|Date(s):||January 1, 1970 to December 31, 1979|
|Location(s):||San Francisco, California | District of Columbia, District of Columb | Cook, Illinois|
|Tag(s):||Vietnam War, The 1970s, 1972 Election|
|Course:||“United States Since 1945,” Rollins College|
|Rating:||1 (1 votes)|
The 1970’s were a tumultuous time in American history. Movements regarding the war in Vietnam, civil rights, and gay rights escalated as the United States entrenched itself in economic crises and political divisions. As these movements gained momentum, the political system as well as the prevailing social notions of the time attempted to quash any semblance of progressive thinking until the end of the decade. Three documentaries about the time - The Weather Underground, Chisholm ’72, and The Times of Harvey Milk - focus on the major political voices of the 1970s and how they were confronted, spurned, or ignored. By analyzing these three works, it can be deduced that the 70s were a period of social and political growth and examination in the youth and minority populations that the older generation of society was attempting to supplant with traditional Cold War values.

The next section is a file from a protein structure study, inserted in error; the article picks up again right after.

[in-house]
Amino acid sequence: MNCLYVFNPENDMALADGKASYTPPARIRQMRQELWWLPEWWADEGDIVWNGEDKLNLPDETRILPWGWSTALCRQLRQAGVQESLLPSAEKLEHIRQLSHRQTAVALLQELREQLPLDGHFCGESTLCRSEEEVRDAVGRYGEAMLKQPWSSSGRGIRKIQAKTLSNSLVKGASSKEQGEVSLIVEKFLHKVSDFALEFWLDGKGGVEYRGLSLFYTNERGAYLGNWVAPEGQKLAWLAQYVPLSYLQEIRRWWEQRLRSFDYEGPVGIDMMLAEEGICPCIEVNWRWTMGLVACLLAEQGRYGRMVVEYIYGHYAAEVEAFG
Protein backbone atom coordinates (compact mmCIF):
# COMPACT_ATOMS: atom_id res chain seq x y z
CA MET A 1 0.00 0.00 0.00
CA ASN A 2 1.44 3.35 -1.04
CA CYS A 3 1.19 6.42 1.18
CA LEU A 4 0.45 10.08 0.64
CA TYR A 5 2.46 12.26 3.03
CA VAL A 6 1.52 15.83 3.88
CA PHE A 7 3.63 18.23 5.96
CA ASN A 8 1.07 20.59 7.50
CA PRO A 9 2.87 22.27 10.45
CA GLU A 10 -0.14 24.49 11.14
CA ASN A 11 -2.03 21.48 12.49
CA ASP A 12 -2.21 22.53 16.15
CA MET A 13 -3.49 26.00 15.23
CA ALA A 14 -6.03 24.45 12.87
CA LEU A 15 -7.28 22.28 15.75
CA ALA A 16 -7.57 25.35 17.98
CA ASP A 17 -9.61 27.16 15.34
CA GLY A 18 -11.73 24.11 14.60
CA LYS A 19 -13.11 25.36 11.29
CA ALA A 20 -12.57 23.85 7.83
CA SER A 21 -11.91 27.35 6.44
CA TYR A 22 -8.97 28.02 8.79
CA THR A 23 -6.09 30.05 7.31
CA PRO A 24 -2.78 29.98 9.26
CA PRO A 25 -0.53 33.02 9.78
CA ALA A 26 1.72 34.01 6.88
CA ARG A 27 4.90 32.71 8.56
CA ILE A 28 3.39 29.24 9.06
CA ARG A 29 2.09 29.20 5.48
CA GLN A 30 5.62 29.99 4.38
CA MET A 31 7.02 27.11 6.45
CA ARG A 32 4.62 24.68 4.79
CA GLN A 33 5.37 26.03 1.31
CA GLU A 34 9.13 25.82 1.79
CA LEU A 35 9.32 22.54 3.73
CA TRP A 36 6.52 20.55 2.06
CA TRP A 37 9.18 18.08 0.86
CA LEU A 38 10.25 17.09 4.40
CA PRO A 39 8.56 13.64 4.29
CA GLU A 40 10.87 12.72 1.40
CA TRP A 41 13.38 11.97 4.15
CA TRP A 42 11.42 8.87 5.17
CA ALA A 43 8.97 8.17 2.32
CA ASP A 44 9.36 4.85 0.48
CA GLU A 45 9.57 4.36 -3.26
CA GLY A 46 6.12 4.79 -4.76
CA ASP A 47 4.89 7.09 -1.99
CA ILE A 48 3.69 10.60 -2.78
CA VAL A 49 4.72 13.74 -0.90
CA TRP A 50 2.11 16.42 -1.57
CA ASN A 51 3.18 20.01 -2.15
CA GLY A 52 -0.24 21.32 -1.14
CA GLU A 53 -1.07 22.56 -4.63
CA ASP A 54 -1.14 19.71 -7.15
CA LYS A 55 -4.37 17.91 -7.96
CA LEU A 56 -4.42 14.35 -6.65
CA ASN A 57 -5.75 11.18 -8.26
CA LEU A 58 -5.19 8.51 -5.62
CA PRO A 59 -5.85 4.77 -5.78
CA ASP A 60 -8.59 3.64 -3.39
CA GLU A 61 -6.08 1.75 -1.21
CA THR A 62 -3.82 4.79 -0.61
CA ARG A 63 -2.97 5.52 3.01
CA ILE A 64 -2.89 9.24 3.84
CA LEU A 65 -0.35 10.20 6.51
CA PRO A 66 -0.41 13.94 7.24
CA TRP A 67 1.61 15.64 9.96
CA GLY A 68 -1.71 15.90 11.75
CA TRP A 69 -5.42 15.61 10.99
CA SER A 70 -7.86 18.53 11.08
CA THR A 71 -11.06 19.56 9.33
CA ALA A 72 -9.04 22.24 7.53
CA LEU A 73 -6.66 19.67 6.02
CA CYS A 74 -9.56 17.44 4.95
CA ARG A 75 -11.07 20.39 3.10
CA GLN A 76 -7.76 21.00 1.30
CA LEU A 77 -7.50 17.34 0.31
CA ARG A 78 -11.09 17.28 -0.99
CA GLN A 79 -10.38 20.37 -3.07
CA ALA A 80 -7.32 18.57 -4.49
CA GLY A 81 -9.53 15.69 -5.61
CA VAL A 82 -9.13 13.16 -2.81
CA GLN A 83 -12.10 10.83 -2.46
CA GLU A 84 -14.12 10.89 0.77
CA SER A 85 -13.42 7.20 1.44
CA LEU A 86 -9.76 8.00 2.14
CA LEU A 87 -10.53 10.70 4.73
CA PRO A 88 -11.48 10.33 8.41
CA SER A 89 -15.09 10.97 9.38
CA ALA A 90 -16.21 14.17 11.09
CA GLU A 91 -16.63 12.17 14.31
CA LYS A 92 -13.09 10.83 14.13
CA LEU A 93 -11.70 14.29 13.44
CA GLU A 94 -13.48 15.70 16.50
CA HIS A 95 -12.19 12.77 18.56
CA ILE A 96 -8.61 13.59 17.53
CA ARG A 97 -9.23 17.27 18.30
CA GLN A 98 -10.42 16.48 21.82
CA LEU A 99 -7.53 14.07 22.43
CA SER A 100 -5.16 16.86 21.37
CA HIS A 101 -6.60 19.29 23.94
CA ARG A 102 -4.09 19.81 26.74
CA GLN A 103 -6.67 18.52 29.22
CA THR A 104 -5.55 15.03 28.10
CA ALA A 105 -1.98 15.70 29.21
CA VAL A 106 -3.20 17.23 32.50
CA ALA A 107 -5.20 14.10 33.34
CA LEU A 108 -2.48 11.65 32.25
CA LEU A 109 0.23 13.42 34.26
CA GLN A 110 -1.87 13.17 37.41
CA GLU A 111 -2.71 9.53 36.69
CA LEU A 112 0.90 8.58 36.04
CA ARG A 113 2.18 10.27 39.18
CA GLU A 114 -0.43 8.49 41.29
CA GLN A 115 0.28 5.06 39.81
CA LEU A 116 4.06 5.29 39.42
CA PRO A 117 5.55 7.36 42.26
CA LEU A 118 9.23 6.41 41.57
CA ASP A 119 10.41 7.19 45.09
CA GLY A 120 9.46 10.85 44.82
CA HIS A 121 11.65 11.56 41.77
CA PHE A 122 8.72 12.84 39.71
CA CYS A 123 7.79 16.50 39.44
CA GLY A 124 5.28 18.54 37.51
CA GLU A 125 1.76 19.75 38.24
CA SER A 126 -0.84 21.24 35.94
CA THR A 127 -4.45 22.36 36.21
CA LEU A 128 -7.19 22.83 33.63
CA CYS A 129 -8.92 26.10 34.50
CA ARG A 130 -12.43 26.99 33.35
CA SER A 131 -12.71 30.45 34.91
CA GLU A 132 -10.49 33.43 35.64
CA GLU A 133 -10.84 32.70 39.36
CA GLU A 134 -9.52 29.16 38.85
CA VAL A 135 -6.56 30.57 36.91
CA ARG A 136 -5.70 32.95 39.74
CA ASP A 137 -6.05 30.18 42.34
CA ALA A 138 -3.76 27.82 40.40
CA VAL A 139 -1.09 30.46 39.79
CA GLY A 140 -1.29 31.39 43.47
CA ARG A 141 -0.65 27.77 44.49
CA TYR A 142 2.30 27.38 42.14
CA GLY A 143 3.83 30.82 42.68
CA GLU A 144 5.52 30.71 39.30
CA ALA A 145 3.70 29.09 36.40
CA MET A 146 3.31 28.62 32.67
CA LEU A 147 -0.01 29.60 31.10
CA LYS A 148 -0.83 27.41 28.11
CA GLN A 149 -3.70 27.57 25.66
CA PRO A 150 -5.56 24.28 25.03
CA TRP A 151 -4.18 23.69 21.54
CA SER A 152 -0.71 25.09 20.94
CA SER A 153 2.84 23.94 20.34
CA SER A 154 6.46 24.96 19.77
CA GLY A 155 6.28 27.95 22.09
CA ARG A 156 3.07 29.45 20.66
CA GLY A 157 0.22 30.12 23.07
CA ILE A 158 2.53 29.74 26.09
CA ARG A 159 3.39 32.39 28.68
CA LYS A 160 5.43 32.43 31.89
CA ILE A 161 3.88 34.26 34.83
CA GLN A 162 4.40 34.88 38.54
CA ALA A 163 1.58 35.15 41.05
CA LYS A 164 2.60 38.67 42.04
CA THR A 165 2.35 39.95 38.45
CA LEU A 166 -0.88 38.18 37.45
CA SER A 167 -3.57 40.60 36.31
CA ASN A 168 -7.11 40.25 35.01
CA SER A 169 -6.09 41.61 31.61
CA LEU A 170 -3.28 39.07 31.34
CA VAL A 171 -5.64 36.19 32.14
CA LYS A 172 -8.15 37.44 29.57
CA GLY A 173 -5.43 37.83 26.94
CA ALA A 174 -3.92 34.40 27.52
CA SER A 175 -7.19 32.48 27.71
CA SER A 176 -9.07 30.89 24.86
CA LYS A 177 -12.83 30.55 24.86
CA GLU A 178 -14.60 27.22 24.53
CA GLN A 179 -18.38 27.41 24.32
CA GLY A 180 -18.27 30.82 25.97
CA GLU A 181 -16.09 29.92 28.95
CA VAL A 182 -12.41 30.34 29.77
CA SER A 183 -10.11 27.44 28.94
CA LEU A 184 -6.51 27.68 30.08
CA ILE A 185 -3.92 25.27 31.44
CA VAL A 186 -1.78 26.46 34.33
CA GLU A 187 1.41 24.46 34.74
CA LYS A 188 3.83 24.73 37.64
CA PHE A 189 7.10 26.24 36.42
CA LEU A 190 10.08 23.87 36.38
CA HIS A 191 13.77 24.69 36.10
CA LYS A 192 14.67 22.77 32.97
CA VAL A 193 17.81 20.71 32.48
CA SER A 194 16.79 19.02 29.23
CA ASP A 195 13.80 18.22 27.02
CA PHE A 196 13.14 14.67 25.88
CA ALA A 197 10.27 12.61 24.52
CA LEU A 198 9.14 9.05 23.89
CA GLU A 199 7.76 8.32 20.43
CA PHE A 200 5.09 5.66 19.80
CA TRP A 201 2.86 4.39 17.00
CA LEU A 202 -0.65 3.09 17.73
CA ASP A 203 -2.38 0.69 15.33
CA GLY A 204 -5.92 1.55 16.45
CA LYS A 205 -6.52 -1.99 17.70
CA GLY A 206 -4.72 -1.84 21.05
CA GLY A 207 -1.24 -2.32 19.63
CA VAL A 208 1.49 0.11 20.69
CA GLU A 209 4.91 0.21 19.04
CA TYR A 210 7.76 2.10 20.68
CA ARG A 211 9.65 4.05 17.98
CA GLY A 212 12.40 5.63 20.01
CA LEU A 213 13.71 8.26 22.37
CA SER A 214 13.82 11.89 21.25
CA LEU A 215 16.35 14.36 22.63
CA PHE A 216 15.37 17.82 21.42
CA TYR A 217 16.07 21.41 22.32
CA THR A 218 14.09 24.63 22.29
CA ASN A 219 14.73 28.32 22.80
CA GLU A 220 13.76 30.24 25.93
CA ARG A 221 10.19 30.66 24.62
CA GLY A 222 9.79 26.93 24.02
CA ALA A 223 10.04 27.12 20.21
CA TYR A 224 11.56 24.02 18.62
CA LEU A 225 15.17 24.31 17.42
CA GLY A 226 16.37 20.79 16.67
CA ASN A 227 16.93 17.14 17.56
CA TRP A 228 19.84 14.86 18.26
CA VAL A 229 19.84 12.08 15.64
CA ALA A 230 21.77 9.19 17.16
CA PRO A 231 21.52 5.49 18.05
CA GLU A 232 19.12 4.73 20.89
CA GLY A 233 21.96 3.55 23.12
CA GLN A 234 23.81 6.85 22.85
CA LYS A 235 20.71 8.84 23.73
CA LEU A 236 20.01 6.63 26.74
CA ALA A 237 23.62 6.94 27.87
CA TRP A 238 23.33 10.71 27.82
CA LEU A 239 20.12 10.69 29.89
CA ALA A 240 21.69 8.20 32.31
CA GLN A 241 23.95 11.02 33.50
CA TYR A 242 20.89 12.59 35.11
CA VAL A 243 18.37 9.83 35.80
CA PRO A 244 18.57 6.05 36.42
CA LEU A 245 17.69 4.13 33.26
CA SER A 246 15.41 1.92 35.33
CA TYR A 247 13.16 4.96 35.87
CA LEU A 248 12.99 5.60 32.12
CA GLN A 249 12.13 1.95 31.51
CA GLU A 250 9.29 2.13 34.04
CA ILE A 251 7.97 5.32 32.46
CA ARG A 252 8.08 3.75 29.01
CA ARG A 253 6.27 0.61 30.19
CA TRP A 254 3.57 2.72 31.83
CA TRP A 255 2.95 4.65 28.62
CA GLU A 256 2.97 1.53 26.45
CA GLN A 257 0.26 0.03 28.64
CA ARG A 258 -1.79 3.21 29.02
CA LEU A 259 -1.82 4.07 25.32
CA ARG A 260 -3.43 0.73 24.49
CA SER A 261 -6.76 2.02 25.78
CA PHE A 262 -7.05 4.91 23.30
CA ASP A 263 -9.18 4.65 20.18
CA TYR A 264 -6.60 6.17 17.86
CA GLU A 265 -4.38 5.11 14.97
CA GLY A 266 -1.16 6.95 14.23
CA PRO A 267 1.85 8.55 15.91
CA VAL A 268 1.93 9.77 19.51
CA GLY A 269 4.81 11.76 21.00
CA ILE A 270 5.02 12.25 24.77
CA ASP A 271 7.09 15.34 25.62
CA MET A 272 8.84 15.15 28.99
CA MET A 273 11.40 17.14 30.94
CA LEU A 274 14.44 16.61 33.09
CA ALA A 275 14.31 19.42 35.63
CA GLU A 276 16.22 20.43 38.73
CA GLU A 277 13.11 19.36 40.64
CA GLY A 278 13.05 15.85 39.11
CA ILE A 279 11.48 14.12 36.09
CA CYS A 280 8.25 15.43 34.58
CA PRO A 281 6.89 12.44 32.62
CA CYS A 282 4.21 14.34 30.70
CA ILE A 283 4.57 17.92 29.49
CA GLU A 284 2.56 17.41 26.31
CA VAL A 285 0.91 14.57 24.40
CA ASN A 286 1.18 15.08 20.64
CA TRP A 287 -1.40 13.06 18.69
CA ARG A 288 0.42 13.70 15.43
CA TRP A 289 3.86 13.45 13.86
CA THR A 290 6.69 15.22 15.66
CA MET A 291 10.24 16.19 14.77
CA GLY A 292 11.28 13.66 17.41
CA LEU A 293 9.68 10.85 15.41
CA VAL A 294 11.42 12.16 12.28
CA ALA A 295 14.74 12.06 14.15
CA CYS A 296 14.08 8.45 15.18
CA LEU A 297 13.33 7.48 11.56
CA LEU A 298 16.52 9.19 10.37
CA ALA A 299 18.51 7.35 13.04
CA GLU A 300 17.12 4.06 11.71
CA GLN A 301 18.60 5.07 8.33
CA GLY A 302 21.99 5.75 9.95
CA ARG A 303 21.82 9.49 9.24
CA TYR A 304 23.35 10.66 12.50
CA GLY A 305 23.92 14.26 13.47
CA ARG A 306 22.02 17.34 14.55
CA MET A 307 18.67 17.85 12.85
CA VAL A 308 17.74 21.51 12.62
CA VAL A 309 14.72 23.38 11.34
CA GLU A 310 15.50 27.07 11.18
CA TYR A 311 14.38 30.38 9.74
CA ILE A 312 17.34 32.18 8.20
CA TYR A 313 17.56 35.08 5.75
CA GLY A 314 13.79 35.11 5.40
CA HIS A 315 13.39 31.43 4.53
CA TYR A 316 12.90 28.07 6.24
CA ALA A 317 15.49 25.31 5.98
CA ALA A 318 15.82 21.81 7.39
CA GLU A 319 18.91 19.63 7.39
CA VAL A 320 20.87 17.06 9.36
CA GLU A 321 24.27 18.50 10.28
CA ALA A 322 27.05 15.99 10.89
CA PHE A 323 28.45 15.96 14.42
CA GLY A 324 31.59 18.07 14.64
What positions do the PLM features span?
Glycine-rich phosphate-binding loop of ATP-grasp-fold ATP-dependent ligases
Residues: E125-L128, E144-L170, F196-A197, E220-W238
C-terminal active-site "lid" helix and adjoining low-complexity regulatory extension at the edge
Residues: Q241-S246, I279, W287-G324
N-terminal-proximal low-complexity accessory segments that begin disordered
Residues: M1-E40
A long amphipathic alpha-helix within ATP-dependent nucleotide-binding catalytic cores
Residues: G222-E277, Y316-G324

By 1970, the war in Vietnam had escalated and Nixon’s campaign of “Vietnamization” had begun. Under Nixon, the Vietnam War saw an increase in strategic bombings of supposed communist strongholds and the “incursion” into Cambodia with 25,000 U.S. and South Vietnamese troops. This increased activity in Indochina prompted a growth in the anti-war movement, which had already gained considerable momentum. Students for a Democratic Society - the major student body anti-war organization during the Vietnam War - was already at 300,000 members and growing. Privileged college students began to rebel over war crimes committed by the government under their pretext of protecting the world from communism.